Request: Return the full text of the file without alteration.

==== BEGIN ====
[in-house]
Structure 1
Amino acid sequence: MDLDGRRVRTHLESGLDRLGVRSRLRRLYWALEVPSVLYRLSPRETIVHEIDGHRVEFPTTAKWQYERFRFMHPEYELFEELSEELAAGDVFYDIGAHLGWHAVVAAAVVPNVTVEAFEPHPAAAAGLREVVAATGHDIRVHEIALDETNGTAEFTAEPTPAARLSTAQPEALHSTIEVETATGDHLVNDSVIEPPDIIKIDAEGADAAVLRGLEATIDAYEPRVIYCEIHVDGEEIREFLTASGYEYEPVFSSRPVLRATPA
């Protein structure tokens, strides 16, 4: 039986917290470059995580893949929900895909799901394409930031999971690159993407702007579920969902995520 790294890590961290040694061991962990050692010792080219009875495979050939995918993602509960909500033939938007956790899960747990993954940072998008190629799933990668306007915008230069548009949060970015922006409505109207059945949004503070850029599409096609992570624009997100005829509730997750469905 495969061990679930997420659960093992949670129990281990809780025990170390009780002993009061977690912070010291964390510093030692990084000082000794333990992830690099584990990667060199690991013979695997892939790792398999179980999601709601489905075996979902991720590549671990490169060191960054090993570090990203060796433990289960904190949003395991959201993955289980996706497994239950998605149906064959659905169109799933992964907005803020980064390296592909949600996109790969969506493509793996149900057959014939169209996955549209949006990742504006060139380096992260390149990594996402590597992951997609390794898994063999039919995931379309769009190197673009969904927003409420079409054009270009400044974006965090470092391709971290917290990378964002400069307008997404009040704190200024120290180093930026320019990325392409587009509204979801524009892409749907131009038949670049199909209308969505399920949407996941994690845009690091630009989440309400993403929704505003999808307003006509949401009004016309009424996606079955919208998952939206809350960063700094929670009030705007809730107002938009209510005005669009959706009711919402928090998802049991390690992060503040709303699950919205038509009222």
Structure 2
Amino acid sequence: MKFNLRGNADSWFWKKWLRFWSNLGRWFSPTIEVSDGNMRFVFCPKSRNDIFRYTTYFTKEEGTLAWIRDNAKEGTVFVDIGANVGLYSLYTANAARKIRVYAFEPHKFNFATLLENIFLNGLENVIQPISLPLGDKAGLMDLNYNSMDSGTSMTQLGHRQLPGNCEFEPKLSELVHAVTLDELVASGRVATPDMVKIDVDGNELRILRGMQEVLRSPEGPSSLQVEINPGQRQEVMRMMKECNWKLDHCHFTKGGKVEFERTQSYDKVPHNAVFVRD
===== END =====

[in-house]
Structure 1
Amino acid sequence: MDLDGRRVRTHLESGLDRLGVRSRLRRLYWALEVPSVLYRLSPRETIVHEIDGHRVEFPTTAKWQYERFRFMHPEYELFEELSEELAAGDVFYDIGAHLGWHAVVAAAVVPNVTVEAFEPHPAAAAGLREVVAATGHDIRVHEIALDETNGTAEFTAEPTPAARLSTAQPEALHSTIEVETATGDHLVNDSVIEPPDIIKIDAEGADAAVLRGLEATIDAYEPRVIYCEIHVDGEEIREFLTASGYEYEPVFSSRPVLRATPA
């Protein structure tokens, strides 16, 4: 039986917290470059995580893949929900895909799901394409930031999971690159993407702007579920969902995520 790294890590961290040694061991962990050692010792080219009875495979050939995918993602509960909500033939938007956790899960747990993954940072998008190629799933990668306007915008230069548009949060970015922006409505109207059945949004503070850029599409096609992570624009997100005829509730997750469905 495969061990679930997420659960093992949670129990281990809780025990170390009780002993009061977690912070010291964390510093030692990084000082000794333990992830690099584990990667060199690991013979695997892939790792398999179980999601709601489905075996979902991720590549671990490169060191960054090993570090990203060796433990289960904190949003395991959201993955289980996706497994239950998605149906064959659905169109799933992964907005803020980064390296592909949600996109790969969506493509793996149900057959014939169209996955549209949006990742504006060139380096992260390149990594996402590597992951997609390794898994063999039919995931379309769009190197673009969904927003409420079409054009270009400044974006965090470092391709971290917290990378964002400069307008997404009040704190200024120290180093930026320019990325392409587009509204979801524009892409749907131009038949670049199909209308969505399920949407996941994690845009690091630009989440309400993403929704505003999808307003006509949401009004016309009424996606079955919208998952939206809350960063700094929670009030705007809730107002938009209510005005669009959706009711919402928090998802049991390690992060503040709303699950919205038509009222």
Structure 2
Amino acid sequence: MKFNLRGNADSWFWKKWLRFWSNLGRWFSPTIEVSDGNMRFVFCPKSRNDIFRYTTYFTKEEGTLAWIRDNAKEGTVFVDIGANVGLYSLYTANAARKIRVYAFEPHKFNFATLLENIFLNGLENVIQPISLPLGDKAGLMDLNYNSMDSGTSMTQLGHRQLPGNCEFEPKLSELVHAVTLDELVASGRVATPDMVKIDVDGNELRILRGMQEVLRSPEGPSSLQVEINPGQRQEVMRMMKECNWKLDHCHFTKGGKVEFERTQSYDKVPHNAVFVRD